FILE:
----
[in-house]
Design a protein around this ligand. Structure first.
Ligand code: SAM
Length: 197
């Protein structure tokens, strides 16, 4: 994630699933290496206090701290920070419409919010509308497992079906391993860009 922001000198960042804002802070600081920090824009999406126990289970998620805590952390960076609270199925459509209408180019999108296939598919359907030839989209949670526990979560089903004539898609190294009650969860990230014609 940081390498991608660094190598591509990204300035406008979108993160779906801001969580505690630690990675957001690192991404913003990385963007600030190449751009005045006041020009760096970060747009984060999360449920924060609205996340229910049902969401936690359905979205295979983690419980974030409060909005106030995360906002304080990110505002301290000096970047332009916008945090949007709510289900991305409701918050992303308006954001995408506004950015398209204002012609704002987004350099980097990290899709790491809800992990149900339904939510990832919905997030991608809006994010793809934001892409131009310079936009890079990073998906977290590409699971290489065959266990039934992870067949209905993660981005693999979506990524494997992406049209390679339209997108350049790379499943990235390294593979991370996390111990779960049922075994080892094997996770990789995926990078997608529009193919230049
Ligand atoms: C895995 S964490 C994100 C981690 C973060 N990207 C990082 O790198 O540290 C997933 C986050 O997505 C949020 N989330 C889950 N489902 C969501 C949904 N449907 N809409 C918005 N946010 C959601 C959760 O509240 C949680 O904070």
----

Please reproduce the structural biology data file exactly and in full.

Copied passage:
[in-house]
Design a protein around this ligand. Structure first.
Ligand code: SAM
Length: 197
């Protein structure tokens, strides 16, 4: 994630699933290496206090701290920070419409919010509308497992079906391993860009 922001000198960042804002802070600081920090824009999406126990289970998620805590952390960076609270199925459509209408180019999108296939598919359907030839989209949670526990979560089903004539898609190294009650969860990230014609 940081390498991608660094190598591509990204300035406008979108993160779906801001969580505690630690990675957001690192991404913003990385963007600030190449751009005045006041020009760096970060747009984060999360449920924060609205996340229910049902969401936690359905979205295979983690419980974030409060909005106030995360906002304080990110505002301290000096970047332009916008945090949007709510289900991305409701918050992303308006954001995408506004950015398209204002012609704002987004350099980097990290899709790491809800992990149900339904939510990832919905997030991608809006994010793809934001892409131009310079936009890079990073998906977290590409699971290489065959266990039934992870067949209905993660981005693999979506990524494997992406049209390679339209997108350049790379499943990235390294593979991370996390111990779960049922075994080892094997996770990789995926990078997608529009193919230049
Ligand atoms: C895995 S964490 C994100 C981690 C973060 N990207 C990082 O790198 O540290 C997933 C986050 O997505 C949020 N989330 C889950 N489902 C969501 C949904 N449907 N809409 C918005 N946010 C959601 C959760 O509240 C949680 O904070």